In the midnight hour, the house on Kalorama Road is so full that the choice is to spill out onto the street or spill beer on a neighbor. To some it's just another monster party, Animal House in Adams-Morgan, but to others it's the final daze, the end of an era.
"So, you all moving out of here?" asks a stranger.
"Yeah, we're thinking about it," says journalist and humor writer Alex Heard.
Heard and the other seven "staff" at 1856 Kalorama Rd. didn't have to think too hard. Their minds were made up for them when they awoke several months ago to find a "For Sale" sign outside the front window. It was the first nail in the coffin (the last was the addition of "Sold" to the sign) for a group home that dated back to the '60s.
In the intervening years, several dozen people, mostly in their twenties and early thirties, had passed through the sprawling seven-bedroom house. Saturday night, many of them came back for "Kaloramageddon, the Final Party."
By the time the party started, 1856 was a shell: most of the furniture already gone, the most recent housemates mostly moved out, some finding smaller houses and smaller communities. At times the crush made it look more like fraternity rush night, crowding out the eclectic detail of its past, but it was not hard to imagine better days, when 1856 evolved from a boardinghouse in the mid-'60s into a self-contained neighborhood by the mid-'70s, paralleling a generational transformation. The Kalorama Eight, needing to be out by tomorrow afternoon, went out with a bang.
The door was always open at 1856, the huge dining room table full and inviting, the big kitchen a beehive, the chatter inspired, friendships sustained. The idea seemed to be that people who knew people were the luckiest people in the world, so it was little wonder that among the 250 or so at the long goodbye were alumni who came to look one last time at 10-year-old paint that would fade long before their memories. Some came from as far away as Connecticut; some came from around the corner.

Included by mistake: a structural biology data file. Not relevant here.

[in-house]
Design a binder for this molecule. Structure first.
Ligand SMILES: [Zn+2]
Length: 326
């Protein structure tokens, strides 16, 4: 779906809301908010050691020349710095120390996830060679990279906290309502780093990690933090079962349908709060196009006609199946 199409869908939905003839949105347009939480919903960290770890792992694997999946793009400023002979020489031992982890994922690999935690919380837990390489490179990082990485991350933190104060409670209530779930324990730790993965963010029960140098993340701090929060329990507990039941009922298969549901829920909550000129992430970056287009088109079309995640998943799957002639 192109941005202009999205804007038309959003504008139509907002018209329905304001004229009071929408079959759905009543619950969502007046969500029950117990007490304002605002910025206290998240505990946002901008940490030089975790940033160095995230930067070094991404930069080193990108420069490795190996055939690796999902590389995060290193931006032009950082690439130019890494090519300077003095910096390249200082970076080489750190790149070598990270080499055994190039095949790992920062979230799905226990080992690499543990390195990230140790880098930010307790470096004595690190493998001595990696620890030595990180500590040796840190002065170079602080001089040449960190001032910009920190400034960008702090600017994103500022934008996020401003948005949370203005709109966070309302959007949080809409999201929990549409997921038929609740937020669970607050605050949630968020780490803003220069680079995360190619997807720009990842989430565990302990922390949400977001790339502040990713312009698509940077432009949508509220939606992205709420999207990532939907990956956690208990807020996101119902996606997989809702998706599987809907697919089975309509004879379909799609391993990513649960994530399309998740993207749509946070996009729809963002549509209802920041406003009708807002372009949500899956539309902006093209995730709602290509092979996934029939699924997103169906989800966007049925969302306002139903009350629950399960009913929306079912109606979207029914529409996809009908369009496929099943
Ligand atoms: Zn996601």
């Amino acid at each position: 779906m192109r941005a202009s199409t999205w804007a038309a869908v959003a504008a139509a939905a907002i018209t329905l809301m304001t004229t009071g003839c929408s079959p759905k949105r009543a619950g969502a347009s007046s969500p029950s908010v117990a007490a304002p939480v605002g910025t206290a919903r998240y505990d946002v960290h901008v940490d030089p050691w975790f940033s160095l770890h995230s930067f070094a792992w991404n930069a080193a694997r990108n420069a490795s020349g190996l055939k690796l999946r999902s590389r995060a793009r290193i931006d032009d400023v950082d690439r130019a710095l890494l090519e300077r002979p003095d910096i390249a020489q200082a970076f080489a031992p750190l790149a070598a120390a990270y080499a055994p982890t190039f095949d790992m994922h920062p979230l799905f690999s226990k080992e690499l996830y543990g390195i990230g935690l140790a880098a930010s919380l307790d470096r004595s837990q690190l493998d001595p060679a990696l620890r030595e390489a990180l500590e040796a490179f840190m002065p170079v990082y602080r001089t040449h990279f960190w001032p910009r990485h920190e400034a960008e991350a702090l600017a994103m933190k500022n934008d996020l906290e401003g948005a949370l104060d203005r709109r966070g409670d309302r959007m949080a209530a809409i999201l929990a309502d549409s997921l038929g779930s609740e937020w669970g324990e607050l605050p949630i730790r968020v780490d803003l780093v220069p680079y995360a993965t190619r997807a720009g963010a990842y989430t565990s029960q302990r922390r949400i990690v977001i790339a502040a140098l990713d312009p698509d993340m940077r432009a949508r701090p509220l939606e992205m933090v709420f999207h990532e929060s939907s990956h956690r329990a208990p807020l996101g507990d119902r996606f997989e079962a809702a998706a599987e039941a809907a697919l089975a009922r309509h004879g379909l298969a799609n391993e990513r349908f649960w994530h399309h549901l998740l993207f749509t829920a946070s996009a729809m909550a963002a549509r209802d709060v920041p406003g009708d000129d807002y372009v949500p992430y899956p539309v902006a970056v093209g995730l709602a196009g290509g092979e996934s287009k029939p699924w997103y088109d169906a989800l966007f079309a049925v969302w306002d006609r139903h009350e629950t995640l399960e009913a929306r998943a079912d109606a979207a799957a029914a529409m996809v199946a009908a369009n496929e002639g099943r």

"I walk in and it's exactly the same," says Jack Worden, who lived there for a couple of years in the mid-'70s under a crush of books that occupied his room, various closets, the hallway and the basement; now he owns Idle Time Books on Columbia Road. "It hasn't had any work done on it: the floors are still a mess, the walls are still dirty, the props in the bathroom are the same."
This is all said lovingly.
In fact, between Saturday night and Sunday morning (the party ended at sunrise), the clutter and the clatter of community that defined 1856 was no longer off the wall.
It was mounted on the wall:
Maureen Colihan's mutilated bumper, thrice hit, once by the police, who gave her a ticket . . .
Alex Heard's galleys for an essay on "taxidermy humor" that took four years to find a home . . .
John Gurley's bow tie and vest from his days as a waiter at Charley's Crab, "before he found a job as a lawyer . . . "
A handmade "Happy Birthday Cathy" card inscribed "Boy just think your 21" and annotated "Kathy, you're friend is an illiterate schlub . . . "
Also, fragments of a "Booze Pong" table, mummified blue jeans, a painting accurately titled "Naked Butt," posters from "Harlan County, U.S.A." and the 1980 Bike-In that defined dreams and aspirations for a generation. The first floor of the house had been transformed into a museum of contemporary artlessness, ephemera captioned and contained on well-worn walls.
"Hey, Alex, that's my vegetable brush," says Nancy Swenton, a film editor and the quintessential housemother since 1978. "How did that get up there?"
Heard feigns innocence, but it's as if the walls can talk, and their history is eloquent. They whisper that this is a house well lived in, that its spirit cannot be contained by bad news.